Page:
My paternal grandfather was pretty much the same way, with a short list of exceptions. He made pancakes on Sundays after church and everybody raved about “grandpa’s pancakes,” but didn’t say as much about grandma’s cooking every other day of the week. Grandpa was also the more nurturing grandparent, at least in a physically affectionate way. He welcomed our visits on his lap so that we could blow out the match when he lit his pipe. We sat on his lap and listened to his stories while he smoked his pipe, (something we all would recoil in horror at today!). Otherwise, grandpa was pretty much like other men of the time, hardworking outside the home, regularly catered to once crossing the threshold. It’s gotten quite a bit more complex now all the way around. Most two parent families have parents who both work outside the home for a paycheck, sometimes one or both of them work two jobs. Everyone is involved in taking care of the home, or are at least expected to. Many fathers are expected to do what my father referred to as “women’s work” which would be the cooking, cleaning, scheduling and chauffeuring kids to various activities and play dates, helping with science projects, untying knots, and a thousand more tasks.
Research studies suggest that women, despite having an outside paying job, still generally do much more than 50% of the “household chores” broadly speaking. The research also suggests that in many relationships, both spouses believe they are doing more than 50% of the household chores, an obvious impossibility. I think some of this is an artifact from how some of us grew up, where fathers were not expected to do a lot of those things. Yes, it has gotten very complex. All parents, regardless of sexual orientation, gender identity, and single or dual parent household status, are expected to continue to spread ourselves thin to cover the myriad of responsibilities we have as parents. This is an ever growing list, which now includes monitoring our kids’ use of the internet, worrying about the amount of time spent with video games, wondering if they are eating enough of the right foods, making the right kind of friends, feeling conflicted about whether they are scheduled enough or too much, and wondering if we are being too tough or too lax in our discipline. How old does our daughter have to be to walk down the street to a friend’s house by herself? Or do we just wait until she is old enough to drive? I don’t think my parents worried as much about these things. If they did, they didn’t let it show.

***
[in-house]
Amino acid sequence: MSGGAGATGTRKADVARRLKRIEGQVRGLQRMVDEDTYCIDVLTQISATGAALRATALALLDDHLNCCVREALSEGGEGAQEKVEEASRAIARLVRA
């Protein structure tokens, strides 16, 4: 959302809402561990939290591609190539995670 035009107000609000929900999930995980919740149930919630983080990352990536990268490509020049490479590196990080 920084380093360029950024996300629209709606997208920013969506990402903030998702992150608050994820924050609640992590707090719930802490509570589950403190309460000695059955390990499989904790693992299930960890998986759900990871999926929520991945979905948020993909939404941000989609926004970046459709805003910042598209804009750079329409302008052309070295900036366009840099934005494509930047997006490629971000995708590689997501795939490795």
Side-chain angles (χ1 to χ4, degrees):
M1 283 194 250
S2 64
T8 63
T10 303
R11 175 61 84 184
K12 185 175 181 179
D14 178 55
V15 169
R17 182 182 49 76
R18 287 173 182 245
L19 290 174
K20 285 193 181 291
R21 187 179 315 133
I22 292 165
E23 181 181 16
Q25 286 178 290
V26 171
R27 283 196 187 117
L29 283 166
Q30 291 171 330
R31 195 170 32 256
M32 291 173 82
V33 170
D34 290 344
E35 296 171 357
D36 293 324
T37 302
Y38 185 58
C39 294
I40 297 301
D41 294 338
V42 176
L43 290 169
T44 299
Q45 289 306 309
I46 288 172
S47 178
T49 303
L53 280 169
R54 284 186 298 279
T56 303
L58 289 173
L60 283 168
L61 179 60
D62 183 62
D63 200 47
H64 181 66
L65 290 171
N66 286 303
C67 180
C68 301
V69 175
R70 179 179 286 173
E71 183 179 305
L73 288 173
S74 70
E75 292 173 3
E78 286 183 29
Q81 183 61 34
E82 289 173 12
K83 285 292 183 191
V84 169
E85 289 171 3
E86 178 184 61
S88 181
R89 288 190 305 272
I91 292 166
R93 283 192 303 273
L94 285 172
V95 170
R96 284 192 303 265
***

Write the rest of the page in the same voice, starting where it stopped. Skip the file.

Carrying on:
Well, now it’s Father’s Day and time to celebrate. Being a father has been my toughest life assignment so far, at least it can often feel that way. I read somewhere that having kids was like having little people running around with your heart inside of them. I relate to that. Three of the four greatest days of my life were the days our children were born. What follows is a lifetime of holding, scolding, molding, and ultimately loving them with all your heart no matter what, even when angry, disappointed, frightened, or hurt. Many of us can more easily point to our shortcomings in this regard, but I think it’s time to give ourselves a break, especially on this day. We don’t want to go back, nor should we go back, to the old days. We have been actively reconfiguring what it means to be a father and what the expectations of fathers are for the past 30 or more years. None of us want to be like Robert Duvall as Pat Conroy’s militaristic bully in “The Great Santini”, but we also don’t think it is realistic to always be like Fred Rogers of Mr. Rogers Neighborhood, either. I think the goal of the “good enough” father is a worthy one, one who is available, but not always possessing the right answers or comforting words of wisdom. I wish all of the fathers out there good fortune and much joy in the process of figuring all of this out. Be kind to yourself and those you love. Today and all days. Happy Father’s Day!